Many thanks: Two of Chicago’s leading philanthropists, Renée and Lester Crown, received the Pro Musica Award from DePaul University during its School of Music’s centennial celebration. | Supplied photo
Renée and Lester Crown were feted at a gala dinner May 29 by DePaul University’s School of Music, during which they were presented with the Pro Musica Award in recognition for their extraordinary Chicago philanthropy.
“We recognized two heroic Chicagoans, heroic for their fidelity to Chicago and especially the arts in Chicago,” said Donald E. Casey, dean of DePaul’s School of Music. He made his remarks at the school’s annual spring concert in Orchestra Hall at Symphony Center, which followed the gala.
The Crowns have made a significant impact on the arts over the years. Their foundation, Crown Family Philanthropies, provides assistance for arts and cultural organizations in Chicago including the Merit School of Music, which strives to fill the void in Chicago Public School music education programs. The foundation also supports Storycatchers Theatre, which encourages young people to write, produce and perform musicals; and TimeLine Theatre Company, which presents plays inspired by historical events that connect to relevant social and political issues today.
The Crowns are devoted patrons of Lyric Opera of Chicago, contributing to several major campaigns and sponsoring productions of “Don Giovanni.” They are members of the radio broadcast matching grant consortium for the Lyric’s radio programming and received the Carol Fox Award in 2004 for their leadership and commitment to Lyric Opera.
The Crowns also support arts programming for WTTW/WFMT where Renée has served on the board for many years, and has chaired and run a number of WTTW’s major events.
Renée is a former president and current member of the women’s board at Lyric Opera, while Lester has been the chairman of the executive committee since 1977. Renée is the vice chairman of the board of trustees at WTTW/WFMT, a founding member and former president of Northwestern University Women’s Board, and a life director of the National Multiple Sclerosis Society. Lester is chairman of Henry Crown and Co., a director of Ann & Robert H. Lurie Children’s Hospital of Chicago and director of the Jewish Theological Seminary. He is a life trustee of Northwestern University and the Aspen Institute, as well as a member of the American Academy of Arts and Sciences.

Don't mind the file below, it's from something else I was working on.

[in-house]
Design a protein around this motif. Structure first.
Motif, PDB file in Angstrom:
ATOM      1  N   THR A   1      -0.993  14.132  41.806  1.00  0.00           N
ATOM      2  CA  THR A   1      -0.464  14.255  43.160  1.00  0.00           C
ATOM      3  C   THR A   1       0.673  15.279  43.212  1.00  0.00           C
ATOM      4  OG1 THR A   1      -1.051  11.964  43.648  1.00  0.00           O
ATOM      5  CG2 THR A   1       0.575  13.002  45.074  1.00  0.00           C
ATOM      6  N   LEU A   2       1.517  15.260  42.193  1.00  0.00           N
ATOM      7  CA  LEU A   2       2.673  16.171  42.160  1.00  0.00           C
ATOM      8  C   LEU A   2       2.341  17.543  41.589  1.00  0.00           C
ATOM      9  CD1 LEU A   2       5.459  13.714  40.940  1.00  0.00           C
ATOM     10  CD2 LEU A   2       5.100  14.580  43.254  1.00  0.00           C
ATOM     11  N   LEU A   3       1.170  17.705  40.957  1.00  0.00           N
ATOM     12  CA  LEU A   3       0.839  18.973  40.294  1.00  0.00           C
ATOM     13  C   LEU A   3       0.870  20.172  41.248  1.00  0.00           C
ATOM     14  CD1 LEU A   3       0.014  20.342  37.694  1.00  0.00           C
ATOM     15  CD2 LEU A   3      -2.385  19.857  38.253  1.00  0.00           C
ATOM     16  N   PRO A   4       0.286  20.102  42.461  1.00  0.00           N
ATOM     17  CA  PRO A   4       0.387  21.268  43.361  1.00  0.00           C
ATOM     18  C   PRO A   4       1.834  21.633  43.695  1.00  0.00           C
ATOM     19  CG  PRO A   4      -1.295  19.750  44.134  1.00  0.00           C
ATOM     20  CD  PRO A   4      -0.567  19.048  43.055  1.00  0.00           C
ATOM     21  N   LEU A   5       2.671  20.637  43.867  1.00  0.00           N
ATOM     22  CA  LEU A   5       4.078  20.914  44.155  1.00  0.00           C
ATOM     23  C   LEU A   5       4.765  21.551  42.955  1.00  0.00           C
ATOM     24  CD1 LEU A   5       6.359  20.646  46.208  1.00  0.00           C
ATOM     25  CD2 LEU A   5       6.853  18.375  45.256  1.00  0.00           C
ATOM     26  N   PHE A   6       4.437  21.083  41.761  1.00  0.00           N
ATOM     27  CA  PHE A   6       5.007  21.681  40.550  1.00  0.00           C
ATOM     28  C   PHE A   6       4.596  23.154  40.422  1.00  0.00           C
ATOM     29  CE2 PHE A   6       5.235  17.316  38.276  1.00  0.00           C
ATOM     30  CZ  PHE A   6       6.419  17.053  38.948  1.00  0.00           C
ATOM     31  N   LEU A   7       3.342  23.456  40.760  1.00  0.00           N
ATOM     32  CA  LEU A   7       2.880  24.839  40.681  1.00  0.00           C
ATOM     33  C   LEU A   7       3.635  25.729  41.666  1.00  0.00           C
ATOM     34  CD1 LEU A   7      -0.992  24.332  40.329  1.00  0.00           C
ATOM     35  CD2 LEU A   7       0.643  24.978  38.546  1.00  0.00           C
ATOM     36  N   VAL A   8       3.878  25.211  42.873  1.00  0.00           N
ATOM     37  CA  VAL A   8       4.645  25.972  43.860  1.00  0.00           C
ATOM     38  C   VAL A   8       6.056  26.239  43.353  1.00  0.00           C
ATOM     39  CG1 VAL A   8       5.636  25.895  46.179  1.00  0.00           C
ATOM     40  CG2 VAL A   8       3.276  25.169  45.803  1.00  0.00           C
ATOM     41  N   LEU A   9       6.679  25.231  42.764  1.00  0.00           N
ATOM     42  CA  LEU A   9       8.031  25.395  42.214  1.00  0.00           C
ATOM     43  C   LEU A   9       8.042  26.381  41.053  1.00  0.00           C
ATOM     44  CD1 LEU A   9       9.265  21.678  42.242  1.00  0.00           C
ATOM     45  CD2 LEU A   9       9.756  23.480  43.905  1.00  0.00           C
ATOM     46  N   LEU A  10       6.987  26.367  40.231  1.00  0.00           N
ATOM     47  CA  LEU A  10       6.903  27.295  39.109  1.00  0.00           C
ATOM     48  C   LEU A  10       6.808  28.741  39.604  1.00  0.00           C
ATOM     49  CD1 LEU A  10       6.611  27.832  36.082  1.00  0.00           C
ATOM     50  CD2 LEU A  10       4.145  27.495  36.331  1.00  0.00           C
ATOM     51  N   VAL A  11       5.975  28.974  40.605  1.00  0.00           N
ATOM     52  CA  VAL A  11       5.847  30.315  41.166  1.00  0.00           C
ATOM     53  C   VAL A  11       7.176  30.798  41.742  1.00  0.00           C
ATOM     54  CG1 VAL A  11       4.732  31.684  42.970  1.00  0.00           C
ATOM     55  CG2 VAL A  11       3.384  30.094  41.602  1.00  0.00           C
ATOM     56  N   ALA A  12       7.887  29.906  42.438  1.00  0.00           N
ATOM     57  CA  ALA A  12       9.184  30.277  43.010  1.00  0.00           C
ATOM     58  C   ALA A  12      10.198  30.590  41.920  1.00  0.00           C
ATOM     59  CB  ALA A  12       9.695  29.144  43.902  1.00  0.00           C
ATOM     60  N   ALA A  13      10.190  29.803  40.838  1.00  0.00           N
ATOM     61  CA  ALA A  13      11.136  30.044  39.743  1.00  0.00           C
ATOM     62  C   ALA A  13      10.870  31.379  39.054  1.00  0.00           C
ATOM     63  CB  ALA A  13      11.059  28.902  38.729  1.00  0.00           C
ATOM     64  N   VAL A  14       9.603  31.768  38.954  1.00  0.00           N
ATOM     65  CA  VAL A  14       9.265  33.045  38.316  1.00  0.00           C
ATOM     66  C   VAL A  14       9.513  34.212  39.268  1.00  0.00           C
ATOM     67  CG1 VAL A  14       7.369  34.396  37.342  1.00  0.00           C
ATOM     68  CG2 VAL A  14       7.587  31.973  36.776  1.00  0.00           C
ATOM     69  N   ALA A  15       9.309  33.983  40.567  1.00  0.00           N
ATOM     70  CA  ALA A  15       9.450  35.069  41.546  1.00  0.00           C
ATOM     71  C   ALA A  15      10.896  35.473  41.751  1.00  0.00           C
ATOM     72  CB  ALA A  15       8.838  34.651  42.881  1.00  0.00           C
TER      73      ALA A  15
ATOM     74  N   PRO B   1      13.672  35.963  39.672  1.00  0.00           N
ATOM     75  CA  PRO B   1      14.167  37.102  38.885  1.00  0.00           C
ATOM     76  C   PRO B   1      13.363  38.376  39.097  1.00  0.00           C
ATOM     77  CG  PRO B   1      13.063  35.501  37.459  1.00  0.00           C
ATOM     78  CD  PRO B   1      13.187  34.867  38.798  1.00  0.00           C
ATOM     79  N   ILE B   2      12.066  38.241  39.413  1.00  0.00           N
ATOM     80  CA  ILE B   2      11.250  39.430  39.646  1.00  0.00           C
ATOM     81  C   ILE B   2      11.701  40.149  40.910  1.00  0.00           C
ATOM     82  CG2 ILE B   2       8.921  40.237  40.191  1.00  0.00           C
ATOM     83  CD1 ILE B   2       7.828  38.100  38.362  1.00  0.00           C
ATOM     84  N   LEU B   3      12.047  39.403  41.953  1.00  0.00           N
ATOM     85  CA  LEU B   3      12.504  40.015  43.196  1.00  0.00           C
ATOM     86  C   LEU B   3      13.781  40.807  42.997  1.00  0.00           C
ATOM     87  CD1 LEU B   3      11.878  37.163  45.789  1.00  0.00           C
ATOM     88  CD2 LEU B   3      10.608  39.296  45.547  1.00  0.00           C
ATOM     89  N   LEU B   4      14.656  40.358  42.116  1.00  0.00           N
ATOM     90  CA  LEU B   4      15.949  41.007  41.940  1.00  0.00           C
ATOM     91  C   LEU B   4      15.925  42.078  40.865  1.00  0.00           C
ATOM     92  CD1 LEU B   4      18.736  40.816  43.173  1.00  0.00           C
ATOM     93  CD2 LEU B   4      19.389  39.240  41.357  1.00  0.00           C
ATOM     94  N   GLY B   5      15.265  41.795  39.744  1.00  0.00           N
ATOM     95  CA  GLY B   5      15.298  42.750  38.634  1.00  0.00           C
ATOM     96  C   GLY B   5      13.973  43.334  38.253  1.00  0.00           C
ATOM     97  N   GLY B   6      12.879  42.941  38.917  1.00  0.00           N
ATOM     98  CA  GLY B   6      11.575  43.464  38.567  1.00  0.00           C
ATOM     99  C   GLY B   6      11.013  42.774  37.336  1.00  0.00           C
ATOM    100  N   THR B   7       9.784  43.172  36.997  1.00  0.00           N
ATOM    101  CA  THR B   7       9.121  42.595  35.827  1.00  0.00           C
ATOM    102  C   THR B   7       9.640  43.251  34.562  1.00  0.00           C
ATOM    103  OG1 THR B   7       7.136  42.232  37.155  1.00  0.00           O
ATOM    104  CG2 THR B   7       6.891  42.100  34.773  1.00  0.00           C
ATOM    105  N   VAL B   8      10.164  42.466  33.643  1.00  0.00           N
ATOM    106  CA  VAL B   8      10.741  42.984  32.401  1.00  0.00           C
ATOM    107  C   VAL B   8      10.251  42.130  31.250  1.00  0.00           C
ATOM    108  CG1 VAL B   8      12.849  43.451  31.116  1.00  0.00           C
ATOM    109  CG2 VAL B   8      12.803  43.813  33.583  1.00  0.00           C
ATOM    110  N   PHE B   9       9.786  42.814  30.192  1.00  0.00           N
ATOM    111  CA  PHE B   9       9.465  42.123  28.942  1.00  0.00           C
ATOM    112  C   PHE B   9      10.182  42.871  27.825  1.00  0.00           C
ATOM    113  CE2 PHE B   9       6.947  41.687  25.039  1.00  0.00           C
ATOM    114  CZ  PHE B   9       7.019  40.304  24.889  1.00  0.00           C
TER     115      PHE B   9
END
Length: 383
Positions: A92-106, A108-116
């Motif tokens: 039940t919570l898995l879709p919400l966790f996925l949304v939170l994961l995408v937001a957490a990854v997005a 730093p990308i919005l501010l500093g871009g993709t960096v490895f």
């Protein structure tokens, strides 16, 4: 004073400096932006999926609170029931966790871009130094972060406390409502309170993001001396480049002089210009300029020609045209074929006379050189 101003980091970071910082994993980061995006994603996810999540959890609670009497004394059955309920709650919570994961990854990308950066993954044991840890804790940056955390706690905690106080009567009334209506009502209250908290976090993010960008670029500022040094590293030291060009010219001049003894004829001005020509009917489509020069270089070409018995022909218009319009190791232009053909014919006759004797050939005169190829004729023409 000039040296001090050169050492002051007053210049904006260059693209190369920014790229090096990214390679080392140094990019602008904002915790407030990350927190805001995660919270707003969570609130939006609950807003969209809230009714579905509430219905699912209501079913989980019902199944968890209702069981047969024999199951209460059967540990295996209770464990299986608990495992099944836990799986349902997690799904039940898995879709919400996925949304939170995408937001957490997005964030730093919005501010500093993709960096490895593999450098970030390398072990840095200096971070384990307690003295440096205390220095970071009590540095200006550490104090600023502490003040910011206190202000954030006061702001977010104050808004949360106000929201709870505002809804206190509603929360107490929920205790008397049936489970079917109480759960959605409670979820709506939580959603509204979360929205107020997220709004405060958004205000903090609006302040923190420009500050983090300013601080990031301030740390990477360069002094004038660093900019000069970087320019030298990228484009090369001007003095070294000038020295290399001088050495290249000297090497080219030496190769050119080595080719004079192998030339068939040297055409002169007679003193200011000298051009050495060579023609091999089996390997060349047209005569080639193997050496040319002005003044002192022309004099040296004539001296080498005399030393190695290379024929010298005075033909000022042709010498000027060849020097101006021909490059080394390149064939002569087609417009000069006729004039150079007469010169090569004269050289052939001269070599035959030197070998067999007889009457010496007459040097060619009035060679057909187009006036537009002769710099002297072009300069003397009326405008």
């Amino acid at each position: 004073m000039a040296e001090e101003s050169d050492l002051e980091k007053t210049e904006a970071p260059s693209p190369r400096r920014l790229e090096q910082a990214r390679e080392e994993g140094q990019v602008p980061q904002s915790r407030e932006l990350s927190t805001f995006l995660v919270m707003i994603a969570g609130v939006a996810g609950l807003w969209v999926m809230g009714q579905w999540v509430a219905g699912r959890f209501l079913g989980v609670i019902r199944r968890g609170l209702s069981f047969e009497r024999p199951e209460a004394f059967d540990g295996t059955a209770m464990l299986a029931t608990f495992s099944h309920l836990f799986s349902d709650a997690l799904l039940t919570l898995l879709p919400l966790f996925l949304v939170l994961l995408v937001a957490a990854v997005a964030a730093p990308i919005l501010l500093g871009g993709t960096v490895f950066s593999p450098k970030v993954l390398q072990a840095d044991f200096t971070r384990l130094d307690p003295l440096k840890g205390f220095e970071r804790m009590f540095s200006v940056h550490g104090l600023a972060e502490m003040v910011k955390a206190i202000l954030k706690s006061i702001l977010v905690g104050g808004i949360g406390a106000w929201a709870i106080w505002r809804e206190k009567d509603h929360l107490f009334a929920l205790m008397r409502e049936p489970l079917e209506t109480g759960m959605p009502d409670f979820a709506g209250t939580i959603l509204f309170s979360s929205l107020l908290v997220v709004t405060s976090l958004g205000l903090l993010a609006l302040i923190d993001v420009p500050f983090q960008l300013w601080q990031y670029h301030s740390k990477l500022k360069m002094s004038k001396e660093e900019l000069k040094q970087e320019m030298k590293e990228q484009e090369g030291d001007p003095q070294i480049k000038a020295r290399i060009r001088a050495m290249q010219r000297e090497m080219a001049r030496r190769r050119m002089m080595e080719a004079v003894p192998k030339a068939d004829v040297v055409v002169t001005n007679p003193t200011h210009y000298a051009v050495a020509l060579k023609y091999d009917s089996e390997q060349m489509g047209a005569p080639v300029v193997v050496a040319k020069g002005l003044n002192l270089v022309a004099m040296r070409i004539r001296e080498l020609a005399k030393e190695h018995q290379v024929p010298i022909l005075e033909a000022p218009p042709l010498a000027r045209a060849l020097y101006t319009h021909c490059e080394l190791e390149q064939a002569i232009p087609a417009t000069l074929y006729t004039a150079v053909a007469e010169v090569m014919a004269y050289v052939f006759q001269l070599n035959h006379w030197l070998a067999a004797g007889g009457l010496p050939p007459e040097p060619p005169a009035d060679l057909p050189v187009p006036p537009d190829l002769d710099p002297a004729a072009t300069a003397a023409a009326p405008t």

Concert a “high point”
The scholarship gala, attended by more than 400 supporters, netted $220,000 for student financial aid, Casey told the audience, which was gathered to hear the DePaul Symphony Orchestra and Chorus perform Beethoven’s Ninth Symphony, conducted by Cliff Colnot. Prior to the Beethoven piece, the student orchestra brought Chicago composer Augusta Read Thomas’ commissioned work, “Aureole,” to life in its world premiere performance.
The eight-to-nine minute composition was commissioned by DePaul’s School of Music to be performed at the spring concert. According to Casey, the concert was “a high point of our yearlong centennial celebration.”
The 37th annual spring concert of the DePaul Symphony Orchestra and Chorus “is particularly celebratory as it involves nearly 200 DePaul students, four faculty soloists, one of the best-known and greatest symphonies ever written, as well as the very special work commissioned for the occasion,” said Casey.
The DePaul Chorus, prepared by Steven Grives, joined the students of the orchestra to perform Beethoven’s Ninth with esteemed faculty soloists Elizabeth Byrne, Jane Bunnell, Michael Sylvester and Marc Embree.
The School of Music was established at DePaul University in 1912 with the noble mission of educating promising young musicians. It now boasts one of the strongest collegiate orchestras in America.